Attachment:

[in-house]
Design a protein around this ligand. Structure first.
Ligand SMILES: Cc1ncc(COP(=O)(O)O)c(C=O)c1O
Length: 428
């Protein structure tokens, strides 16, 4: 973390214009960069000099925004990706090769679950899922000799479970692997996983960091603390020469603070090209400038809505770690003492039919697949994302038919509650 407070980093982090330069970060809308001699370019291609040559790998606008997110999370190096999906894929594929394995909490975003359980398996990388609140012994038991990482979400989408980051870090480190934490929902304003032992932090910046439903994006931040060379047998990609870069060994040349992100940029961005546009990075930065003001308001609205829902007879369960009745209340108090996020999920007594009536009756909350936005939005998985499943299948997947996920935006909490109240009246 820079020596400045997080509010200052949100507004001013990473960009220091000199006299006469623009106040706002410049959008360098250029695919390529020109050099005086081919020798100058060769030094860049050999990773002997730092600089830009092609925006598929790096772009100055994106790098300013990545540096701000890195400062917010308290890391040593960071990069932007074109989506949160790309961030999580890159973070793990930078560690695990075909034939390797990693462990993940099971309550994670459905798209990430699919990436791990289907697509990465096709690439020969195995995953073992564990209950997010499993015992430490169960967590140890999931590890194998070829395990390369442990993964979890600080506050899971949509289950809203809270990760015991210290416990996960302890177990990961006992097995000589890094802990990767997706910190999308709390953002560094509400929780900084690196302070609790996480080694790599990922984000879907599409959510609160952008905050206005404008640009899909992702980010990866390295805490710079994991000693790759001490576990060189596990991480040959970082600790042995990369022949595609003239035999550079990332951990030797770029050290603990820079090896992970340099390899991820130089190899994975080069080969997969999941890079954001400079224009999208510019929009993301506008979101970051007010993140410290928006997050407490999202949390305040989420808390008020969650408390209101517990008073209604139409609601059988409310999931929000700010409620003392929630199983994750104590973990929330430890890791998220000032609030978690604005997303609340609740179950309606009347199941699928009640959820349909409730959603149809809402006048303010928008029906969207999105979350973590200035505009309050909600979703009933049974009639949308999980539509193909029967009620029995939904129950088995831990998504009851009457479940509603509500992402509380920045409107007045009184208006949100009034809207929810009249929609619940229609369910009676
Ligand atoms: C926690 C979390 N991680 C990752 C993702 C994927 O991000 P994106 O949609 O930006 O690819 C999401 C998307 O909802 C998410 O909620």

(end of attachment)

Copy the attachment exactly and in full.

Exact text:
[in-house]
Design a protein around this ligand. Structure first.
Ligand SMILES: Cc1ncc(COP(=O)(O)O)c(C=O)c1O
Length: 428
């Protein structure tokens, strides 16, 4: 973390214009960069000099925004990706090769679950899922000799479970692997996983960091603390020469603070090209400038809505770690003492039919697949994302038919509650 407070980093982090330069970060809308001699370019291609040559790998606008997110999370190096999906894929594929394995909490975003359980398996990388609140012994038991990482979400989408980051870090480190934490929902304003032992932090910046439903994006931040060379047998990609870069060994040349992100940029961005546009990075930065003001308001609205829902007879369960009745209340108090996020999920007594009536009756909350936005939005998985499943299948997947996920935006909490109240009246 820079020596400045997080509010200052949100507004001013990473960009220091000199006299006469623009106040706002410049959008360098250029695919390529020109050099005086081919020798100058060769030094860049050999990773002997730092600089830009092609925006598929790096772009100055994106790098300013990545540096701000890195400062917010308290890391040593960071990069932007074109989506949160790309961030999580890159973070793990930078560690695990075909034939390797990693462990993940099971309550994670459905798209990430699919990436791990289907697509990465096709690439020969195995995953073992564990209950997010499993015992430490169960967590140890999931590890194998070829395990390369442990993964979890600080506050899971949509289950809203809270990760015991210290416990996960302890177990990961006992097995000589890094802990990767997706910190999308709390953002560094509400929780900084690196302070609790996480080694790599990922984000879907599409959510609160952008905050206005404008640009899909992702980010990866390295805490710079994991000693790759001490576990060189596990991480040959970082600790042995990369022949595609003239035999550079990332951990030797770029050290603990820079090896992970340099390899991820130089190899994975080069080969997969999941890079954001400079224009999208510019929009993301506008979101970051007010993140410290928006997050407490999202949390305040989420808390008020969650408390209101517990008073209604139409609601059988409310999931929000700010409620003392929630199983994750104590973990929330430890890791998220000032609030978690604005997303609340609740179950309606009347199941699928009640959820349909409730959603149809809402006048303010928008029906969207999105979350973590200035505009309050909600979703009933049974009639949308999980539509193909029967009620029995939904129950088995831990998504009851009457479940509603509500992402509380920045409107007045009184208006949100009034809207929810009249929609619940229609369910009676
Ligand atoms: C926690 C979390 N991680 C990752 C993702 C994927 O991000 P994106 O949609 O930006 O690819 C999401 C998307 O909802 C998410 O909620």